Once at sea, plastic litter can no longer be easily removed. Due to photodegradation and other weathering processes, it fragments into small particles (Gallo and al., 2018) - termed “microplastic” - which are ingested by marine invertebrates. During their research M. C. Goldstein and D. S. Goodwin (2013) found out that 33.5% of gooseneck barnacles (Lepas spp.) had plastic particles present in their gastrointestinal tract. Mainly composed of polyethylene, polypropylene and polystyrene, the plastic ingested ranged from one to a maximum of 30 particles (M. C. Goldstein and D. S. Goodwin, 2013). In some aquatic ecosystems, the mass of plastic even exceeds the mass of plankton (Moore et al., 2001) and the number of plastic particles exceeds the number of fish larvae (Lechner et al., 2014).



The Plastic in Food: Microplastics in the food chain: microplastics and chemical additives or residues enter into our foodchain trough different means, either by being absorbed by plants and marine animals directly, or by “migrating” from plastic packaging into foodstuff. Microplastics were found in more than 100 marine species (Gallo and al., 2018).

However, as no data on the toxicity of microplastics in seafood and the potential impact of cooking seafood are available yet (Lusher and al., 2017), intensive scientific research still needs to be carry out to fill these knowledge gaps (Gallo and al., 2018).


The Food in Plastic: chemical residues from plastic packaging leaching into food: Studies have shown that chemicals can leach from plastic packaging, such PET bottles, into food and beverages. Various factors can be responsible for this migrating, such as length of time stored, UV radiation etc. (Mighty Nest, 2018).

Through different legislative texts, the European Commission tries limit the amount of chemical residues contained in plastic packaging, containers, production machinery from entering - or “migrating” - into food and thereby protect consumers’ health.



Energy in Plastics: linkages between fossil fuels and plastics: Plastics are derived from organic materials such as natural gas, coal or crude oil, which are complex mixtures of numerous of compounds (American Chemistry Council 2005-2018, Plastics Europe 2018).  In fact, over 99% of plastics are manufactured from chemicals sourced from fossil fuels (Center for International Environmental Law, 2017). So, plastics come from energy resources. But what quantities of fossil fuels are actually needed to produce the plastic products of our daily lives?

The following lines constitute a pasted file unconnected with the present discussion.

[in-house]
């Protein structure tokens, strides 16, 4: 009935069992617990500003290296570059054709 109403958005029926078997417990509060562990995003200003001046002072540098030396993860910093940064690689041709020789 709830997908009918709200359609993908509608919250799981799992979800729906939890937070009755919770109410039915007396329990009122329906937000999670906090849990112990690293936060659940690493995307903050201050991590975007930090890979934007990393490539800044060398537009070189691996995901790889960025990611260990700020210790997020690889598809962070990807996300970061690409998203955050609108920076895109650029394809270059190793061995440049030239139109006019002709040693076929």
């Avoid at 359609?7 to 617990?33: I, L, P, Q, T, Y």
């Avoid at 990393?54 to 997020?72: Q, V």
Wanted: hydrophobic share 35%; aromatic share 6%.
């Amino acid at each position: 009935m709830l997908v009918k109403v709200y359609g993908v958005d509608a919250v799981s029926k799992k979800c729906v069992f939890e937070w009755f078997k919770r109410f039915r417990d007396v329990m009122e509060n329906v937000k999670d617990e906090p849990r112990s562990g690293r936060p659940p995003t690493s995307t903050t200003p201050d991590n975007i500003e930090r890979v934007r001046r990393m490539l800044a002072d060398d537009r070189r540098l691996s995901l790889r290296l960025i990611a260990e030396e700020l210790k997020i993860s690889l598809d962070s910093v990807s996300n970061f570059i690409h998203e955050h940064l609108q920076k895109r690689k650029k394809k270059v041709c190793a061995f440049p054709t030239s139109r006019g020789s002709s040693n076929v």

For instance, it takes around 162 grammes of oil to produce a one-liter plastic bottle (Environmental Technology Centre, 2010 – 2018).


Plastics in Energy: Plastic materials in Renewable energies: it takes considerable amounts of water to produce energy, such as for cooling, extraction or hydroenergy (Water footprint calculator, 2018). But what we are not thinking about is the massive amount of plastic needed to produce electricity in the first place. For instance, the rotor blades of wind turbines need to be light (to spin faster) and are therefore made of lightweight plastic composites (American Chemistry Council, 2017-2018). Also, solar panels’ parts are connected by various plastics (American Chemistry Council, 2017-2018) and new plastic-based solar cells are anticipated to enter the market in the near future (Essentra components, 2018). Moreover, power transmission and transport of electricity is dependent on plastic. Devices like fibers, wires, cables, caps, plugs, switches or electronic hardware are all made out of plastic. In fact, plastics play an ever-greater role in the generation of energy.